Fruit growing · Raised beds · Recipes · Vegetable growing

Preserving our produce

So I’ve previously mentioned that for some of our homegrown fruit and vegetables we have had a bit of a glut. Whilst we love all of our homegrown produce I can’t really stomach eating strawberries every meal or everyday for a week. There are some products that can be stored for prolonged periods of time in the right conditions but others need to be preserved in some other way. The main ways in which I preserve produce are either by freezing or by making jams and chutneys. I know that in the USA in particular caning is also a popular method but I don’t yet have the proper equipment for that. Today I thought I would go through a couple of the different ways I’ve preserved our produce this year. All the ingredients that were homegrown I’ve put in bold.

Tomatoes

Our tomatoes haven’t quite finished yet for the year so there will no doubt be more preserving to be done but so far this is what I’ve done.

  • Roasted vegetable pasta sauce; roast tomatoes, courgettes, onions and peppers in olive oil, then blend about half so the sauce still have some substance and season well. Then freeze as required.
  • Roasted tomato pesto: roast tomatoes in olive oil then add to basil, pine nuts, a couple of gloves of garlic, Parmesan and black pepper and blend in a food processor until fine. Add more olive oil until you achieve the desired consistency. Quantity-wise I tend to go for the same basil, pine nuts and Parmesan when I’m doing pesto with tomatoes, if not including tomatoes I’d have double the amount of basil to the other ingredients. Pesto is all about personal taste so just keep testing to find what you like best. You can also toast the pine nuts to emphasise the nutty flavour. Or change them up for a different type of nuts. Or switch the basil for spinach, or rocket leaves. Then portion up and freeze (it will store in the fridge for up to two weeks just make sure it’s covered with a film of oil to keep it fresh).
  • Freeze cherry tomatoes whole to defrost and cook fresh at a later date.
  • Strawberries
    • Strawberry jam: strawberry jam is notoriously hard to achieve a good set due to the low pectin level in strawberries. In order to achieve a good set you need to either mix it with another high pectin fruit or add pectin to it. I’ve gone with adding pectin as I wanted to keep the lovey freshness of the fruit. I’ve made a couple of different batches now using two different recipes, one of which was much more complicated and I couldn’t really see or taste much between them.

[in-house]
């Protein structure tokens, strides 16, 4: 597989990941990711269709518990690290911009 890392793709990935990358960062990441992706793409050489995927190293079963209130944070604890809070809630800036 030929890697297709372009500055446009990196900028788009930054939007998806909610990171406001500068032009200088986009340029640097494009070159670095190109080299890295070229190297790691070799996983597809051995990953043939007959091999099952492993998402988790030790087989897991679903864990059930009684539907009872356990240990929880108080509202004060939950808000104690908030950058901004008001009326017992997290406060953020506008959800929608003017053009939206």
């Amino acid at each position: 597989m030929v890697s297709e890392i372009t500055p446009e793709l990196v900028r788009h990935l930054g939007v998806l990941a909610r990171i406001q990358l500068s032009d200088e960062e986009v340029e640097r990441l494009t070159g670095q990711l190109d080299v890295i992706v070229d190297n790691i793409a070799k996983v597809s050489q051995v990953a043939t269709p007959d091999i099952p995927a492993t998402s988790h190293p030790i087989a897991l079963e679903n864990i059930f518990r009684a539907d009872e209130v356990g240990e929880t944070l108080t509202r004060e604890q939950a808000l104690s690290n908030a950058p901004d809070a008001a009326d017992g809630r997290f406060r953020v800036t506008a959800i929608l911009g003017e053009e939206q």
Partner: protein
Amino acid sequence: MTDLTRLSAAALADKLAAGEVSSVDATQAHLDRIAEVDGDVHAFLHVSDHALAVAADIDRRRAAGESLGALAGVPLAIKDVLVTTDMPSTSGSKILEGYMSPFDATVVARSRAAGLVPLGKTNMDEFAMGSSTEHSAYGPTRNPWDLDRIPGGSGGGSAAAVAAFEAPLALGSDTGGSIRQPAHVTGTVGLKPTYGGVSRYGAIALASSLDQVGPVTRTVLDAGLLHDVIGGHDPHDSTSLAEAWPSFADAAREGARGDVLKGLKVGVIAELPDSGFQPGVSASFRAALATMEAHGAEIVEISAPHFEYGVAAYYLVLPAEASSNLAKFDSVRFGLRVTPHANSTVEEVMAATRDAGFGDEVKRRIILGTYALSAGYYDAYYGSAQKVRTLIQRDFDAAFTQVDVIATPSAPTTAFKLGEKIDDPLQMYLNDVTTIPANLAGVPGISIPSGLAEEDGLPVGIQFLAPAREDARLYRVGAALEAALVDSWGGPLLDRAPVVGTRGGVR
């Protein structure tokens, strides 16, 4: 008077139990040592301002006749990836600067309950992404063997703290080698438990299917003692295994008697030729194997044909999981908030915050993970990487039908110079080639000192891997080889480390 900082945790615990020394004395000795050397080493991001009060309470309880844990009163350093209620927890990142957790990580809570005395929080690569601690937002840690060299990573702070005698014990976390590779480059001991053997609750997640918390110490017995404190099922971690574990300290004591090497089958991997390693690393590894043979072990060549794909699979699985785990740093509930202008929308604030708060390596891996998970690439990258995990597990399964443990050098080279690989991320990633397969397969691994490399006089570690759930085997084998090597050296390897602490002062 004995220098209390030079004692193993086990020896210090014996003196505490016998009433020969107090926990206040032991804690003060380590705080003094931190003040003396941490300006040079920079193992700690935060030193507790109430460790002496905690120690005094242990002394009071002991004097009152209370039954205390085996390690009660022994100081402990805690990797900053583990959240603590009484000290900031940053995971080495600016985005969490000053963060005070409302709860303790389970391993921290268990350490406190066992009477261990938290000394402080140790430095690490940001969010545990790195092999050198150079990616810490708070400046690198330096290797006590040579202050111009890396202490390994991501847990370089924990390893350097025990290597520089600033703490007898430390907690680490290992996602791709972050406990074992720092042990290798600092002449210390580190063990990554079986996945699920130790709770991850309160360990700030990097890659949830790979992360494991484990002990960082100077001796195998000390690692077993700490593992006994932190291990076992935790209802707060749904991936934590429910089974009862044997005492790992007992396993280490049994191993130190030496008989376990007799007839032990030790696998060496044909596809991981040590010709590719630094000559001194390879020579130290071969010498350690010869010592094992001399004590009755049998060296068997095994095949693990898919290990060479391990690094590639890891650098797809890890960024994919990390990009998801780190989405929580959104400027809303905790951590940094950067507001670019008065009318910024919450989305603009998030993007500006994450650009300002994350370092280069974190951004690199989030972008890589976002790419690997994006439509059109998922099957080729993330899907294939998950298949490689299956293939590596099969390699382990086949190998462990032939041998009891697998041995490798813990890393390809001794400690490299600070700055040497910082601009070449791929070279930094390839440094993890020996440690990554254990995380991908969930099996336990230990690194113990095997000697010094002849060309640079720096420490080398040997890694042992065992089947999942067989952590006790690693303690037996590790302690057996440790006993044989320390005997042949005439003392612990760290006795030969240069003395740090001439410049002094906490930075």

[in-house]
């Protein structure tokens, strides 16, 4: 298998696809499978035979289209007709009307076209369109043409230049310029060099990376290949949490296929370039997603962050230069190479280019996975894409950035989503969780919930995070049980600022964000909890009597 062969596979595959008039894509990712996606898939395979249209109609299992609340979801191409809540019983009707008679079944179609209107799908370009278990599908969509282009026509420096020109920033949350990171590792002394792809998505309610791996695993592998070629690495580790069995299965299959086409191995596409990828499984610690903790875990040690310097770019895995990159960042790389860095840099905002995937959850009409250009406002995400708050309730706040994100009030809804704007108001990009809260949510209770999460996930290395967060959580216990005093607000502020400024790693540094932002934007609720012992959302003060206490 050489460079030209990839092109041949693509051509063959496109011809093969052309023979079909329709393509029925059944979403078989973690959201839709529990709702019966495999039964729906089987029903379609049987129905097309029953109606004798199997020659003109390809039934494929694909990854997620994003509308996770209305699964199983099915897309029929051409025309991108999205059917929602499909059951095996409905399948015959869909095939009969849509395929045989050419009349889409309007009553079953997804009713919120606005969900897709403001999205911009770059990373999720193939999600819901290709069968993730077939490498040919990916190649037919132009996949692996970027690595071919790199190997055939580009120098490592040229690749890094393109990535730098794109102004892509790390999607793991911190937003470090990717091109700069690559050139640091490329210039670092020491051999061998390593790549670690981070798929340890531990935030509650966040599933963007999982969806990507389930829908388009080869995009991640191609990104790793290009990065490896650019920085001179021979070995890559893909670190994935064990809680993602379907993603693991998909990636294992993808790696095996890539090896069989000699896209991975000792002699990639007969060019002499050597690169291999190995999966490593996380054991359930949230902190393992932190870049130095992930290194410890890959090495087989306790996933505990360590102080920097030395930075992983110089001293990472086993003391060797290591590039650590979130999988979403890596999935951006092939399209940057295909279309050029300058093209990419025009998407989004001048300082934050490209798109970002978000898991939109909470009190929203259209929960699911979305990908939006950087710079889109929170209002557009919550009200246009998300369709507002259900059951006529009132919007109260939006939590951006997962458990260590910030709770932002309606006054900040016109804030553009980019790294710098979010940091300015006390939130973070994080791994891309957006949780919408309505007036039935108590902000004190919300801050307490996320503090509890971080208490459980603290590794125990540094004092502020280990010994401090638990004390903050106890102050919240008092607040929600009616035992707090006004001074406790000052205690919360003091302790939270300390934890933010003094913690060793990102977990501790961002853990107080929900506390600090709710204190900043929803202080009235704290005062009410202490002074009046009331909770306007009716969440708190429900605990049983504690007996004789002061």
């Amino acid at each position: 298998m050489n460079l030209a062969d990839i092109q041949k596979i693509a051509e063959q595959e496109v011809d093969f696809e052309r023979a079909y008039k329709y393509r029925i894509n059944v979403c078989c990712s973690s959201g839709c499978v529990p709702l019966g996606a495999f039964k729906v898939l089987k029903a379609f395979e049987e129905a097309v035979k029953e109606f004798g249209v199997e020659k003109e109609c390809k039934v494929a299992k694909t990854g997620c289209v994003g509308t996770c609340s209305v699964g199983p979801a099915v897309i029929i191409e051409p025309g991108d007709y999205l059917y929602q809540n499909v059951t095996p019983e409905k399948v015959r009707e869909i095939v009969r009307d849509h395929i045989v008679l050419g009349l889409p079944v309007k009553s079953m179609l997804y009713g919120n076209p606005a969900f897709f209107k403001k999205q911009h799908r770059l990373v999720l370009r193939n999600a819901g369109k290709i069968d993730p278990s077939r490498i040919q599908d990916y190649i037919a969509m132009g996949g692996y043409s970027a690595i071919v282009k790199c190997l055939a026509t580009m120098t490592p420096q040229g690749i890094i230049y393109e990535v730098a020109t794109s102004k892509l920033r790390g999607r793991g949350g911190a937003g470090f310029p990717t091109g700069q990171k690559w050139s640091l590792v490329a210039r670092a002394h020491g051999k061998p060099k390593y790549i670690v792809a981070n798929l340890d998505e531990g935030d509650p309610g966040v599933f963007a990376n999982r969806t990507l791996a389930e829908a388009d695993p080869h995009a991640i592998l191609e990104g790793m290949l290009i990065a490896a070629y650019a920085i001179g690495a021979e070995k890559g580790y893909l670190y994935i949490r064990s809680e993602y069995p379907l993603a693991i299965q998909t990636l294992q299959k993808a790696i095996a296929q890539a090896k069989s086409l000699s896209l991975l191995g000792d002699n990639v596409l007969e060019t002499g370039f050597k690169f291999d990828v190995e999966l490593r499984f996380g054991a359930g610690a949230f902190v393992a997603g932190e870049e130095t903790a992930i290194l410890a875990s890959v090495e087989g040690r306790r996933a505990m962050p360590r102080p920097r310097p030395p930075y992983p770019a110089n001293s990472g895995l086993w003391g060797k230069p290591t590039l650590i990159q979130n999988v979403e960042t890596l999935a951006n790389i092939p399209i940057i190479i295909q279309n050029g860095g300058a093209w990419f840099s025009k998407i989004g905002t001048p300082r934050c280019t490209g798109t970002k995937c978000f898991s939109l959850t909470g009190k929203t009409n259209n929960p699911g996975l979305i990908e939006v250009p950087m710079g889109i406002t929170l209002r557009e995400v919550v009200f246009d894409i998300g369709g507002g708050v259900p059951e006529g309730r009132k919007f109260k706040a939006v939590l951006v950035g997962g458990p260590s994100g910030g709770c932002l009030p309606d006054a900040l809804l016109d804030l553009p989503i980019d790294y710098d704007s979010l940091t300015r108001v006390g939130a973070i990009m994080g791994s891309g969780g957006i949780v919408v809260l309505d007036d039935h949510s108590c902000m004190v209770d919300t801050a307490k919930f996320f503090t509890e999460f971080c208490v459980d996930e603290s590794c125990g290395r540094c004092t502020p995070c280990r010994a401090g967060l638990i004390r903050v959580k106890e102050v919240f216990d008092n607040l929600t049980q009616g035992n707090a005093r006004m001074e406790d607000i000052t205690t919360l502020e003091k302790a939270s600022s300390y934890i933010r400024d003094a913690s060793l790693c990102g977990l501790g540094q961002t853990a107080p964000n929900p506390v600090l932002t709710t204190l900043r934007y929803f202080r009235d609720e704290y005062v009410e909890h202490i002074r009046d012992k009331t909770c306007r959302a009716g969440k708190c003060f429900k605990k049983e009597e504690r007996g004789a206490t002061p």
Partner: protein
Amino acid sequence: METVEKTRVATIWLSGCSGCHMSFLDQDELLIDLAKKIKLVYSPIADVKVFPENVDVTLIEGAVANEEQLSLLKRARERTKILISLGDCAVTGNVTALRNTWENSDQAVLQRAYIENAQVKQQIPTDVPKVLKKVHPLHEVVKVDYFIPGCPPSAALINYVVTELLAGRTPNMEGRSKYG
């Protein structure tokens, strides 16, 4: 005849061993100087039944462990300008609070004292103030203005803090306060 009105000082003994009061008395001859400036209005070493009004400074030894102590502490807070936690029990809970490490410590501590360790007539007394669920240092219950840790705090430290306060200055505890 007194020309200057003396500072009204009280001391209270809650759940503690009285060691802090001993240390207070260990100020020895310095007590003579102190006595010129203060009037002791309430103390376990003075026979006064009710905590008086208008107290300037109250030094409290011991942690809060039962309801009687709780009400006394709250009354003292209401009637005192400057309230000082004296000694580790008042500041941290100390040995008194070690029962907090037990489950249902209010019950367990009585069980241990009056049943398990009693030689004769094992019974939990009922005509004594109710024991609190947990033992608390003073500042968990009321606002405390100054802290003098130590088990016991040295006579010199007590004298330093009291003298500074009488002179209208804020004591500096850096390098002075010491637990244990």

Strawberry and yogurt lollies. A nice simple recipe, blend strawberries and Greek yogurt add to ice lolly mould and freeze. You can add a bit of honey if you want but I found our strawberries were sweet enough.
      Freeze whole: remove the stalks and wash then open freeze before bagging once frozen (this will prevent them from sticking together). I prefer to weigh before freezing and label the bag so I know how much to defrost.
      I also plan to use them in smoothies from frozen and make strawberry ice cream in the future too.
  • Potatoes
    • Potatoes store well in the ground but all gardeners have the dilemma of deciding when to pull them to avoid pest damage or damp ground. Once harvested brush off any loose soil and ideally leave the skins to dry for a few days. Then store in hessian sacks in a cool dry place. Check them periodically for damage and remove any damaged potatoes straight away.
      Potatoes cannot be frozen without being cooked first or their consistency changes too much. My favourite thing to do is to freeze potatoes as roasties. Par boil and then roast for about 20-30 minutes. Then cool and open freeze before bagging. They can then be taken out as required and put straight in the oven and will just need 20-30 minutes roasting. It certainly reduces some of the stress of a roast dinner.